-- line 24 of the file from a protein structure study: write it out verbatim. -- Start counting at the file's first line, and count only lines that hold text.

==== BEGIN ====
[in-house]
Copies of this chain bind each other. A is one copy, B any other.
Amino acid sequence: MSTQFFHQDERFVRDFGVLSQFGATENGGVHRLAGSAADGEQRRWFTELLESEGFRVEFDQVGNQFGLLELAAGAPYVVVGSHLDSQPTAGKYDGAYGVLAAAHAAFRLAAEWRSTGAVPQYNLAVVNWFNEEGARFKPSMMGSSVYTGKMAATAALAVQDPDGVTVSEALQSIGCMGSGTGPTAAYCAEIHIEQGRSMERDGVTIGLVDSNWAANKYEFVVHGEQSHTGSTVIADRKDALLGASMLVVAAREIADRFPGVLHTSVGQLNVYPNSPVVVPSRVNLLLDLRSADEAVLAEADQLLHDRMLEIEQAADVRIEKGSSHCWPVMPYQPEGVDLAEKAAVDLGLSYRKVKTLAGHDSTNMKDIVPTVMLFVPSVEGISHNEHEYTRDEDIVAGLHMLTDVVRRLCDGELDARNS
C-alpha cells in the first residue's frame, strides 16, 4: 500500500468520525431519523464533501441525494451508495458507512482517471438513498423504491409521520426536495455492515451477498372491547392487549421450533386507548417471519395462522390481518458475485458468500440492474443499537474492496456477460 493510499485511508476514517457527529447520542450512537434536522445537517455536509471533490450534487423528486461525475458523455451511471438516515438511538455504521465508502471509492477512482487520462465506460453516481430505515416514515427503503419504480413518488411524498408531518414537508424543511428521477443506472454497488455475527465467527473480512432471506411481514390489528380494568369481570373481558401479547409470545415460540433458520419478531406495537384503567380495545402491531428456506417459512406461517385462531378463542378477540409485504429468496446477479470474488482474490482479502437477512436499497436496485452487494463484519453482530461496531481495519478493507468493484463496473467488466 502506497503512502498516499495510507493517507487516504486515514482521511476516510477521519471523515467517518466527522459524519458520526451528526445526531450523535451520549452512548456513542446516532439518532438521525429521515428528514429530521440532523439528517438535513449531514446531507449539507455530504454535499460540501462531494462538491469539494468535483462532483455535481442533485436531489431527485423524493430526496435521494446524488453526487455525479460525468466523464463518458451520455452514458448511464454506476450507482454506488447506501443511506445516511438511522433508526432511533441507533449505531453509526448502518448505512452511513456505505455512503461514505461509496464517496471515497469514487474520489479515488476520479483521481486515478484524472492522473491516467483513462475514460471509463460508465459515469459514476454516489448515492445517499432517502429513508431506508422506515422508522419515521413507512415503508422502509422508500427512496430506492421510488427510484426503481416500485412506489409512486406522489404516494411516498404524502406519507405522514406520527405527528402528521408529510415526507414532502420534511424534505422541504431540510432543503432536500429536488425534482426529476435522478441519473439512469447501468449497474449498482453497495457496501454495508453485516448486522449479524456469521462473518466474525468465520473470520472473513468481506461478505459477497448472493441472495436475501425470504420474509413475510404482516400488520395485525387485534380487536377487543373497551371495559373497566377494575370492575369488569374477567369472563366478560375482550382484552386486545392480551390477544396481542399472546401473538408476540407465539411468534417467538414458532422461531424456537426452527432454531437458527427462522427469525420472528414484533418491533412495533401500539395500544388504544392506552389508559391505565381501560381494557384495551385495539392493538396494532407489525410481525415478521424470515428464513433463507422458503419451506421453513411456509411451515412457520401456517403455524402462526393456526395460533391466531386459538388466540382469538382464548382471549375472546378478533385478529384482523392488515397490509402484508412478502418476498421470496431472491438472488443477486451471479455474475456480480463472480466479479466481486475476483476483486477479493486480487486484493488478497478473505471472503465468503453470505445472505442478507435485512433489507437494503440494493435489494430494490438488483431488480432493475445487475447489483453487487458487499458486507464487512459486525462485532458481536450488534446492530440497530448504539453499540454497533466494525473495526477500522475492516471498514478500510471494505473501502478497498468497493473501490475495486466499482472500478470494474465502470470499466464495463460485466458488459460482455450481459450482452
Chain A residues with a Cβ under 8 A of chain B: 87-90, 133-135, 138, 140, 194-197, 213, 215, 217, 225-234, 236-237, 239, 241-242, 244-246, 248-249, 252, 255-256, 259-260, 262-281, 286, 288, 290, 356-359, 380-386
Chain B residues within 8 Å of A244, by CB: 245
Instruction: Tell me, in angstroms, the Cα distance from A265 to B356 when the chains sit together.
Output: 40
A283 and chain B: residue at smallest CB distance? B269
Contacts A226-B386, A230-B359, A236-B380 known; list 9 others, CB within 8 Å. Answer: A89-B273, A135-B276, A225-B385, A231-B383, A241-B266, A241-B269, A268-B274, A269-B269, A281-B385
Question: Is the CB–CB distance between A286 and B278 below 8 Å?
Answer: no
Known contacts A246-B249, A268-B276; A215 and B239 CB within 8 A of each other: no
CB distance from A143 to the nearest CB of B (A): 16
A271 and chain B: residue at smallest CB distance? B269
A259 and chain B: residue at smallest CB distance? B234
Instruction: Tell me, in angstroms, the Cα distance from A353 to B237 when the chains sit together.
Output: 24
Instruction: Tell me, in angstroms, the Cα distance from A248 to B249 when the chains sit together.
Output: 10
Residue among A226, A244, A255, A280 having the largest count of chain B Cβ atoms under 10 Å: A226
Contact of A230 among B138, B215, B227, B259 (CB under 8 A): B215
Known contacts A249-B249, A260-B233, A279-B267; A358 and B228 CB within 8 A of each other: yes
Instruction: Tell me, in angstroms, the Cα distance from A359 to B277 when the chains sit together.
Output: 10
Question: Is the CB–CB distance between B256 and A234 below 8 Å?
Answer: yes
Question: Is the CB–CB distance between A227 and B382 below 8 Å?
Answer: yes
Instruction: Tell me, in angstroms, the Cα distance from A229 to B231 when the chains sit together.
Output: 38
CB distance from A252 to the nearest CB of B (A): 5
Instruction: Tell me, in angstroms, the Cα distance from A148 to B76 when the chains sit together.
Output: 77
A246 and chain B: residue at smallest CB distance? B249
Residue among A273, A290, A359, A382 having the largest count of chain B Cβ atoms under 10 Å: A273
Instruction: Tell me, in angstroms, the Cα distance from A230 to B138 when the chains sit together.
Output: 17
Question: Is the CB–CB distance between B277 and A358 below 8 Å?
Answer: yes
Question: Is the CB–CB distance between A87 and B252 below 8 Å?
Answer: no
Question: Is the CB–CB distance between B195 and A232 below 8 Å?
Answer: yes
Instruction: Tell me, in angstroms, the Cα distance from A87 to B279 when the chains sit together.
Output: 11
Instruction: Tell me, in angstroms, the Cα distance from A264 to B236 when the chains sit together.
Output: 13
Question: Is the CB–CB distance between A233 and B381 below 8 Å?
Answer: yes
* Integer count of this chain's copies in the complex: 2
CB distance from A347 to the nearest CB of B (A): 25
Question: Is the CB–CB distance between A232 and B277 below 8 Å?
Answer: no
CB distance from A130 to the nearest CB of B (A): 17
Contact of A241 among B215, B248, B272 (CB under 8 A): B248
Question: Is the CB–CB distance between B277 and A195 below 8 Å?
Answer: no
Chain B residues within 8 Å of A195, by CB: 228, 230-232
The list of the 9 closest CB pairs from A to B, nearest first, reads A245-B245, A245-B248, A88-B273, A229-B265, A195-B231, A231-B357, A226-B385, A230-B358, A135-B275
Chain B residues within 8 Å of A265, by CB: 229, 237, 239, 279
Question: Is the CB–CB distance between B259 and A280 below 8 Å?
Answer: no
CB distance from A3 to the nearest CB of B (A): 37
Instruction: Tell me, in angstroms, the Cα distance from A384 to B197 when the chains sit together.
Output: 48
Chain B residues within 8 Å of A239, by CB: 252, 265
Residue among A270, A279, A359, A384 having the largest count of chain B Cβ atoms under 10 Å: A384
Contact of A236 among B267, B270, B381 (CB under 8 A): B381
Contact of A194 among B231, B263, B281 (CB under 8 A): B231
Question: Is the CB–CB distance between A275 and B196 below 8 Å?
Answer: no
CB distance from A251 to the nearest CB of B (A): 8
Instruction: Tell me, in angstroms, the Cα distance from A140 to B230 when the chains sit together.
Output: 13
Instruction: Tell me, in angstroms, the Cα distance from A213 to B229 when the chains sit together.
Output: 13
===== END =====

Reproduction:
Instruction: Tell me, in angstroms, the Cα distance from A359 to B277 when the chains sit together.